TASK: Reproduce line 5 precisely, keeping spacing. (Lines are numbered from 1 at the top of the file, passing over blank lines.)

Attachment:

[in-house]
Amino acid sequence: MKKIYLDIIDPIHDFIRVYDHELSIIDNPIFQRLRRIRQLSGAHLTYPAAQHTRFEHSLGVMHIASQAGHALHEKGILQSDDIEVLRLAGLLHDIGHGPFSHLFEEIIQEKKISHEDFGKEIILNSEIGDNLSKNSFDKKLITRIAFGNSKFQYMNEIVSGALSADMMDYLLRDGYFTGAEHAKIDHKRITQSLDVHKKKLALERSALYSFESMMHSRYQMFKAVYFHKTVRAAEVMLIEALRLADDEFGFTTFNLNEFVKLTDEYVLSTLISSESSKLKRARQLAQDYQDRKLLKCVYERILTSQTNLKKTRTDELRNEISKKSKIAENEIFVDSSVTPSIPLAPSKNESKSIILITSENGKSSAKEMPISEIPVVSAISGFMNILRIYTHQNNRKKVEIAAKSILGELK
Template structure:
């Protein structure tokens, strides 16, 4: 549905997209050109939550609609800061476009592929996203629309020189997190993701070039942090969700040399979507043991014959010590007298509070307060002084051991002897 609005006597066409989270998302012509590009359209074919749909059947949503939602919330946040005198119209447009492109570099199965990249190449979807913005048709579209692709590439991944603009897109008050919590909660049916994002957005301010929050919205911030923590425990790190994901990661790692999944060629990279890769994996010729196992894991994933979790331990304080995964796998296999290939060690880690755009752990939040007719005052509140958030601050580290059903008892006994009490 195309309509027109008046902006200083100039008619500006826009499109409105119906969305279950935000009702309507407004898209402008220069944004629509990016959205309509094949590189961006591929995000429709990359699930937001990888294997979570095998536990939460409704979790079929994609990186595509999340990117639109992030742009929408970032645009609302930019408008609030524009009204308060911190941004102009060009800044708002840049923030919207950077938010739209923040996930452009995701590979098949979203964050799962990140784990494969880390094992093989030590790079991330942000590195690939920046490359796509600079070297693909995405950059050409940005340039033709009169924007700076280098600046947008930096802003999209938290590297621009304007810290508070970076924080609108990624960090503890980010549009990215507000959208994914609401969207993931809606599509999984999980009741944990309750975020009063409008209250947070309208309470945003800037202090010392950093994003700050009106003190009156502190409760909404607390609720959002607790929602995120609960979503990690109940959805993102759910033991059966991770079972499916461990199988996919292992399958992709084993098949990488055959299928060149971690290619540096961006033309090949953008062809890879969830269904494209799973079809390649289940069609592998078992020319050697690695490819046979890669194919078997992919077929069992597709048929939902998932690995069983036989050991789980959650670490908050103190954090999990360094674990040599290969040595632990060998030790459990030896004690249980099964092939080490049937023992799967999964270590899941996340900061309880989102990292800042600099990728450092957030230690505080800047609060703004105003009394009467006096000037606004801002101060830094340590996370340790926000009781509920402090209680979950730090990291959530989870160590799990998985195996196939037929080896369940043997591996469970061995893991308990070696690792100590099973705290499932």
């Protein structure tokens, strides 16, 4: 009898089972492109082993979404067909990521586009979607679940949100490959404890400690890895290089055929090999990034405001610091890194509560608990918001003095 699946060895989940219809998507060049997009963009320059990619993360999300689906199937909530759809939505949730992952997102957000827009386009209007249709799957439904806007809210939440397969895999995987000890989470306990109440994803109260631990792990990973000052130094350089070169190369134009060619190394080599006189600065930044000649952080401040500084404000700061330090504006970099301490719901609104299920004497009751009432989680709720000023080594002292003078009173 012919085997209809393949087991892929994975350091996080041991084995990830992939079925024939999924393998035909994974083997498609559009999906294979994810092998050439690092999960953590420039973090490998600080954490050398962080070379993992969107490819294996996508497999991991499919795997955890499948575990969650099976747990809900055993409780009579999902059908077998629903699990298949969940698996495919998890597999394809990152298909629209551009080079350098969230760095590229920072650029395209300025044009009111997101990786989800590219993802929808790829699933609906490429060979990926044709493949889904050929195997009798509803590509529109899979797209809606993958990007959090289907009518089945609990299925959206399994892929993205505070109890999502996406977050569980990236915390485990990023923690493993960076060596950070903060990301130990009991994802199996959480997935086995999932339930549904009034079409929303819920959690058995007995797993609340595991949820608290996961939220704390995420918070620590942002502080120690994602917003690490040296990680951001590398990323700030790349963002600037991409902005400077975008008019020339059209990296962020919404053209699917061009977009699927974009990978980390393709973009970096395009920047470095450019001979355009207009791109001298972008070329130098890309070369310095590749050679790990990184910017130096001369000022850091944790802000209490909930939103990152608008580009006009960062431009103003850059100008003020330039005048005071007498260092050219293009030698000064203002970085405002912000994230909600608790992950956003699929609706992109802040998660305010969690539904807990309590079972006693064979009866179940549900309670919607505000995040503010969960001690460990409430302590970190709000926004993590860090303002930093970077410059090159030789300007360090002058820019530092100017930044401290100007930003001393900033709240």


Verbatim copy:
């Protein structure tokens, strides 16, 4: 009898089972492109082993979404067909990521586009979607679940949100490959404890400690890895290089055929090999990034405001610091890194509560608990918001003095 699946060895989940219809998507060049997009963009320059990619993360999300689906199937909530759809939505949730992952997102957000827009386009209007249709799957439904806007809210939440397969895999995987000890989470306990109440994803109260631990792990990973000052130094350089070169190369134009060619190394080599006189600065930044000649952080401040500084404000700061330090504006970099301490719901609104299920004497009751009432989680709720000023080594002292003078009173 012919085997209809393949087991892929994975350091996080041991084995990830992939079925024939999924393998035909994974083997498609559009999906294979994810092998050439690092999960953590420039973090490998600080954490050398962080070379993992969107490819294996996508497999991991499919795997955890499948575990969650099976747990809900055993409780009579999902059908077998629903699990298949969940698996495919998890597999394809990152298909629209551009080079350098969230760095590229920072650029395209300025044009009111997101990786989800590219993802929808790829699933609906490429060979990926044709493949889904050929195997009798509803590509529109899979797209809606993958990007959090289907009518089945609990299925959206399994892929993205505070109890999502996406977050569980990236915390485990990023923690493993960076060596950070903060990301130990009991994802199996959480997935086995999932339930549904009034079409929303819920959690058995007995797993609340595991949820608290996961939220704390995420918070620590942002502080120690994602917003690490040296990680951001590398990323700030790349963002600037991409902005400077975008008019020339059209990296962020919404053209699917061009977009699927974009990978980390393709973009970096395009920047470095450019001979355009207009791109001298972008070329130098890309070369310095590749050679790990990184910017130096001369000022850091944790802000209490909930939103990152608008580009006009960062431009103003850059100008003020330039005048005071007498260092050219293009030698000064203002970085405002912000994230909600608790992950956003699929609706992109802040998660305010969690539904807990309590079972006693064979009866179940549900309670919607505000995040503010969960001690460990409430302590970190709000926004993590860090303002930093970077410059090159030789300007360090002058820019530092100017930044401290100007930003001393900033709240």